Many men have been carried to the cemetery with honor guards and rifle salutes who, if the truth be known, knew their missions were not worth the price but went anyway. Many, many of our honored dead were dissenters.

What makes no sense at all is when the arrogant idiot expects us civilians to support his unprincipled policy as a way of "supporting our troops." The troops are not mercenaries, they are American soldiers in a long, proud tradition going back to Gen. Washington's Continental Army at Valley Forge, and what gives their mission dignity and meaning is that it comes from a constitutional government in which war is not a point of personal privilege but a matter to be openly debated, opposed, protested, reported. For the troops to fall into line is a noble thing; for civilians to fall into line is shameful.

Sunday, May 4, 2008

spiders everywhere

Robobugs. Need I say more?

By the way, the picture is of the "camel spider" or "wind scorpion" which is technically not a spider or scorpion. My theory is that they are aliens.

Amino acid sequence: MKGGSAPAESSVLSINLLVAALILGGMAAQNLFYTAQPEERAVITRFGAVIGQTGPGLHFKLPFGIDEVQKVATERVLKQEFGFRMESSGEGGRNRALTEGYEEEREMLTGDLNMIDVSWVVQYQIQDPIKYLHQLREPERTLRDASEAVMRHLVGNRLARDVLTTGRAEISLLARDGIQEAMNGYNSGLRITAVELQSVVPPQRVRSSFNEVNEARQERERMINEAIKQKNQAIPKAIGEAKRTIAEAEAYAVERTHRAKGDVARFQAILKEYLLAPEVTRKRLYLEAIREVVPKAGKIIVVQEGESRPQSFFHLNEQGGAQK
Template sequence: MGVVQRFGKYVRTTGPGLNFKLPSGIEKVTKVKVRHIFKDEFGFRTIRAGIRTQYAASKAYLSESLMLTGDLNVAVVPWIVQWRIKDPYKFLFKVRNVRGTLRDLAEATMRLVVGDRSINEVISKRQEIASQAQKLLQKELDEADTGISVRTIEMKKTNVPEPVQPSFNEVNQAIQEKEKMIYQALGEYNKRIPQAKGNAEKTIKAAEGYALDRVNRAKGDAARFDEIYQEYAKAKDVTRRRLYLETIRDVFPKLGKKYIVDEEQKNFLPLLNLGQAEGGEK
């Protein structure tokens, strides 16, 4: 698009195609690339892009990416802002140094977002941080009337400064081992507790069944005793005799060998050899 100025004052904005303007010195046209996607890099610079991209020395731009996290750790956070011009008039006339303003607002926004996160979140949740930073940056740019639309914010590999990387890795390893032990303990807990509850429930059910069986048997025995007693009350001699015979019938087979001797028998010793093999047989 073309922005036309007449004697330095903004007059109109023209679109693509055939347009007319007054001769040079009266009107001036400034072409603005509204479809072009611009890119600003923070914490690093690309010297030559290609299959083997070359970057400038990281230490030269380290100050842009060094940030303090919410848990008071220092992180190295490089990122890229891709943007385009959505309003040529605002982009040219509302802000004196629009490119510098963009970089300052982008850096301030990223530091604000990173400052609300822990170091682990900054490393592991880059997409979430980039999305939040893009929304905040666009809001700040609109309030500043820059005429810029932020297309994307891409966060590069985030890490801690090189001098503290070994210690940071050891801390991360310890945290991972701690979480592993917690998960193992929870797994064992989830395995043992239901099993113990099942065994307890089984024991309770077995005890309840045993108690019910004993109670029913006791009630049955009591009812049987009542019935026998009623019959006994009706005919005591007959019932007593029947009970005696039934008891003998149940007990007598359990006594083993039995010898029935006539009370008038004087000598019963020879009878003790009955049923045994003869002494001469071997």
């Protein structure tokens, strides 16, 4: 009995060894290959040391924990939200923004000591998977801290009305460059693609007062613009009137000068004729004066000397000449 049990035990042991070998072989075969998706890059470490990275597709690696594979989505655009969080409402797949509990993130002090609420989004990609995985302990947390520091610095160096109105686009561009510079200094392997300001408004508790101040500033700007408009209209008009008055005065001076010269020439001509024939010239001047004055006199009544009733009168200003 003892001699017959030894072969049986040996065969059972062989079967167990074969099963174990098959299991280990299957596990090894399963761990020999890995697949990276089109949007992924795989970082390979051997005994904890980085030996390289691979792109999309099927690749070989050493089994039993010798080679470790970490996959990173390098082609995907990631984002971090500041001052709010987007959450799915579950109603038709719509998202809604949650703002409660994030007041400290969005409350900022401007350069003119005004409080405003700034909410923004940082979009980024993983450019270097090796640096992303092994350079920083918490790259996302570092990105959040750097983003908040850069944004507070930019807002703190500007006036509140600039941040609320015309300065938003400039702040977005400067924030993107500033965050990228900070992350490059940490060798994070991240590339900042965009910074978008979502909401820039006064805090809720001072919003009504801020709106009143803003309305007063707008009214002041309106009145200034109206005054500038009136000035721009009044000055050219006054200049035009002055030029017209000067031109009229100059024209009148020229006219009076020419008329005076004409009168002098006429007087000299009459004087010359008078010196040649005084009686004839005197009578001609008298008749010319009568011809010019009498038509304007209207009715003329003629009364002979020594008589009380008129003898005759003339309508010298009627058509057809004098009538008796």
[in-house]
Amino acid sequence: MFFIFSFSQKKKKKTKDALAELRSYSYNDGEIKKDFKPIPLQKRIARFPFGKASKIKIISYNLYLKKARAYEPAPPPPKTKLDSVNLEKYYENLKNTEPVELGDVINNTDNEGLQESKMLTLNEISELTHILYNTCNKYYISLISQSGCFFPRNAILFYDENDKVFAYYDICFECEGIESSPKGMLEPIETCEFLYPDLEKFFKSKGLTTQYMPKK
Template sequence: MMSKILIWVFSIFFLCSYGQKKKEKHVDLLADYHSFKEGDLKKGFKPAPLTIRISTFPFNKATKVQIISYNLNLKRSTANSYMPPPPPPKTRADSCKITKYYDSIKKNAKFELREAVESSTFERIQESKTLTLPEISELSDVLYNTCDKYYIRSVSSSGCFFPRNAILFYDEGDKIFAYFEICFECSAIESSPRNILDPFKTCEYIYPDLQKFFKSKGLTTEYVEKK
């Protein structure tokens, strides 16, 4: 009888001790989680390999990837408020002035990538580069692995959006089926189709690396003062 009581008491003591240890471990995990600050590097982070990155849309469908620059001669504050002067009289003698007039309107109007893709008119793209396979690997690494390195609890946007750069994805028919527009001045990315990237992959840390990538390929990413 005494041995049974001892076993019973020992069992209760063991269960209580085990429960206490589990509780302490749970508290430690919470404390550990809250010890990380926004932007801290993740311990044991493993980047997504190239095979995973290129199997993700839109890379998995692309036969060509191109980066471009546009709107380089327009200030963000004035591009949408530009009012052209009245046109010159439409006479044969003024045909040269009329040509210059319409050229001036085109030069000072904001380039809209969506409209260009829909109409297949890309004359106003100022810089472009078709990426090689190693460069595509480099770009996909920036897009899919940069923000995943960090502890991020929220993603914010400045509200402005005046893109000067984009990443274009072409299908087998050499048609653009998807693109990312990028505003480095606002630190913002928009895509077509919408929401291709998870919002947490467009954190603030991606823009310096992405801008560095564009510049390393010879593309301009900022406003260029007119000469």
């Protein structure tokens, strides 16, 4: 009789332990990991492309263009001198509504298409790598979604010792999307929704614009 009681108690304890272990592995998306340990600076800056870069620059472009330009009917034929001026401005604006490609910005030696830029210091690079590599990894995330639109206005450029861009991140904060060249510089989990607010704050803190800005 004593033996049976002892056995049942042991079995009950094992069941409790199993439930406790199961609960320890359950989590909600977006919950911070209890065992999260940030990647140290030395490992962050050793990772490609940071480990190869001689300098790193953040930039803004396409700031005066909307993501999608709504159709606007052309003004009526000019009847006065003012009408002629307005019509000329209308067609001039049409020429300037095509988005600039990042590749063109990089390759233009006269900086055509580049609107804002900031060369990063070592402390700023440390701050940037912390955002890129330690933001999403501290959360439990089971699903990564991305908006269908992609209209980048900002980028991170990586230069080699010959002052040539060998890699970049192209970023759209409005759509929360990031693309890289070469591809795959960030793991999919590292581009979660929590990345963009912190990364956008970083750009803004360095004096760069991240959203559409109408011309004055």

Link to wikipedia article about these freaky things.

Friday, May 2, 2008

A Reporters request


I'm a reporter with The Associated Press in Louisville. I'm assisting a
reporter with a piece about the conditions of barracks at various
military posts around the country and I ran across your blog and noticed
you stationed at Fort Knox. Would you speak to me or email me about the
living conditions at the Fort Knox barracks?

I've spoken with public affairs officer Ryan Brus at the post, but would
also like a soldier's perspective on the living quarters.

I can be reached at this email or at the number listed below.



Brett Barrouquere
The Associated Press
Louisville, Ky.